Steelyard, single-pan balance
It comprises a balance beam, a steelyard weight in the form of bust and a modern replica of its pan which was added later in accordance with the original pan.
Bronze steelyards were employed popularly in different cultures being an easily portable implement, by merchants and wandering vendors. Steelyard collars of the Roman period were in the form of a sphere, polygonal prism, a bust or figure. They were of various sizes and weights, cast in the lost-wax method. The central core was filled with the requisite amount of lead to give the necessary weight. They were suspended from a ring attached to the crest.
The steelyard weight of the example of single-pan balance is in the form of a bust of Iupiter-Ammon. This particular choice of bust might help us to reveal the historical meaning of the object a little bit further. Depicted with a pair of ram horns, Ammon originally an Aethiopian or Libyan divinity, whose worship subsequently spread all over Egypt, a part of the northern coast of Africa, and many parts of Greece. Although the Egyptian name of the god was either Amun or Ammun, the Ancient Greeks associated him with Zeus and called him Zeus-Ammon. The Romans, however, called him Iupiter-Ammon.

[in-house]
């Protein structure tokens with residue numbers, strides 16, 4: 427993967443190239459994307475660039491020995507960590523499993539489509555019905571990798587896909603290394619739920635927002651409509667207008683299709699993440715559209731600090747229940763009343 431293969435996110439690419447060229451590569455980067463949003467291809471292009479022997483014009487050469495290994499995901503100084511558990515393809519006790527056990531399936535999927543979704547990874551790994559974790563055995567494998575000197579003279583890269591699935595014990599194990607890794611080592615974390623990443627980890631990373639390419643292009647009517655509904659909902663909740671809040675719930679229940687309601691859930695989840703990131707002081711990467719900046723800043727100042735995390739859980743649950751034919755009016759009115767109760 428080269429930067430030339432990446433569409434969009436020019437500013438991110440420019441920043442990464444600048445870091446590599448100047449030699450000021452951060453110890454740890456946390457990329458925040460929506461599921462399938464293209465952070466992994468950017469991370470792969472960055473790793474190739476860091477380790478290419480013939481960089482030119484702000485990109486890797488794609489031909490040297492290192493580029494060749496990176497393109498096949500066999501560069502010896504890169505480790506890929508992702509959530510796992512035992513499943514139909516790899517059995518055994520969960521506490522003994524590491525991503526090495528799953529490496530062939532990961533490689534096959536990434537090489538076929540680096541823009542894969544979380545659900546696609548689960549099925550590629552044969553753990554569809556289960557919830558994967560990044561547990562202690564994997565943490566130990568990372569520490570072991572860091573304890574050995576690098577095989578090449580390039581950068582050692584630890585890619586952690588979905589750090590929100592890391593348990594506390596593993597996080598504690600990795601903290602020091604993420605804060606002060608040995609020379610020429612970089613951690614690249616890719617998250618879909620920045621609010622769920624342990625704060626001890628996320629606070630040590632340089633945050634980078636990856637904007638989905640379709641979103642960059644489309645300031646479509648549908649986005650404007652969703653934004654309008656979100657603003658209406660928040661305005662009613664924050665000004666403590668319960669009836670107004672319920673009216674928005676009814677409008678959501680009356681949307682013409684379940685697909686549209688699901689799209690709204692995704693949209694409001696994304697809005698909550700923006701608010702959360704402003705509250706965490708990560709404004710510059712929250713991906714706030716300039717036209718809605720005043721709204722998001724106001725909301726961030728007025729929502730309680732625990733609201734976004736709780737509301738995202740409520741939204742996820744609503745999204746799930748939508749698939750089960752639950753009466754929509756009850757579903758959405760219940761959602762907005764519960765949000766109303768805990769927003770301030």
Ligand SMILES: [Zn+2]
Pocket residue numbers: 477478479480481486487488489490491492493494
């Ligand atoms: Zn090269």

There are several other traditions, with various modifications arising from the time and place of their origin; but all agree on one point: The ram is the guide of the wandering herds or herdsmen. Ammon, therefore, who is identical with the ram, is the guide and protector of man. He stands in the same relation to mankind as the common ram to his flock. It is not a coincidence that a steelyard was shaped as Iupiter-Ammon, but for a reason to remind people that he is the guardian of the man and of all his possessions.